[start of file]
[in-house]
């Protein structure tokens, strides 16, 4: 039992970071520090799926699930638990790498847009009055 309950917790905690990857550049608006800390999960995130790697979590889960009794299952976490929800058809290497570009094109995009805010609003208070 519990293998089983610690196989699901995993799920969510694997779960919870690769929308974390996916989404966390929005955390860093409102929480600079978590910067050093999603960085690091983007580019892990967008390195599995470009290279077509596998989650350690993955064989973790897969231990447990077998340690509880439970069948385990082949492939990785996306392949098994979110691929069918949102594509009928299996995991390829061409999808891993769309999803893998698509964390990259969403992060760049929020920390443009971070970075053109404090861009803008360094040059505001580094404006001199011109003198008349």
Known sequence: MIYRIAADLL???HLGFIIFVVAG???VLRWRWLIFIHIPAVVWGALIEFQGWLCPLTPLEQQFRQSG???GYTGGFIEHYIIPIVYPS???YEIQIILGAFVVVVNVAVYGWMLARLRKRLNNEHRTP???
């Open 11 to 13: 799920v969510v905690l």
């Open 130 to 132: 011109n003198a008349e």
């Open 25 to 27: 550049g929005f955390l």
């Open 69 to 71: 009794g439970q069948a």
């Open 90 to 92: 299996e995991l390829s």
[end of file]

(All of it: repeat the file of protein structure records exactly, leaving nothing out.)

[in-house]
């Protein structure tokens, strides 16, 4: 039992970071520090799926699930638990790498847009009055 309950917790905690990857550049608006800390999960995130790697979590889960009794299952976490929800058809290497570009094109995009805010609003208070 519990293998089983610690196989699901995993799920969510694997779960919870690769929308974390996916989404966390929005955390860093409102929480600079978590910067050093999603960085690091983007580019892990967008390195599995470009290279077509596998989650350690993955064989973790897969231990447990077998340690509880439970069948385990082949492939990785996306392949098994979110691929069918949102594509009928299996995991390829061409999808891993769309999803893998698509964390990259969403992060760049929020920390443009971070970075053109404090861009803008360094040059505001580094404006001199011109003198008349």
Known sequence: MIYRIAADLL???HLGFIIFVVAG???VLRWRWLIFIHIPAVVWGALIEFQGWLCPLTPLEQQFRQSG???GYTGGFIEHYIIPIVYPS???YEIQIILGAFVVVVNVAVYGWMLARLRKRLNNEHRTP???
């Open 11 to 13: 799920v969510v905690l």
């Open 130 to 132: 011109n003198a008349e």
């Open 25 to 27: 550049g929005f955390l």
């Open 69 to 71: 009794g439970q069948a």
């Open 90 to 92: 299996e995991l390829s």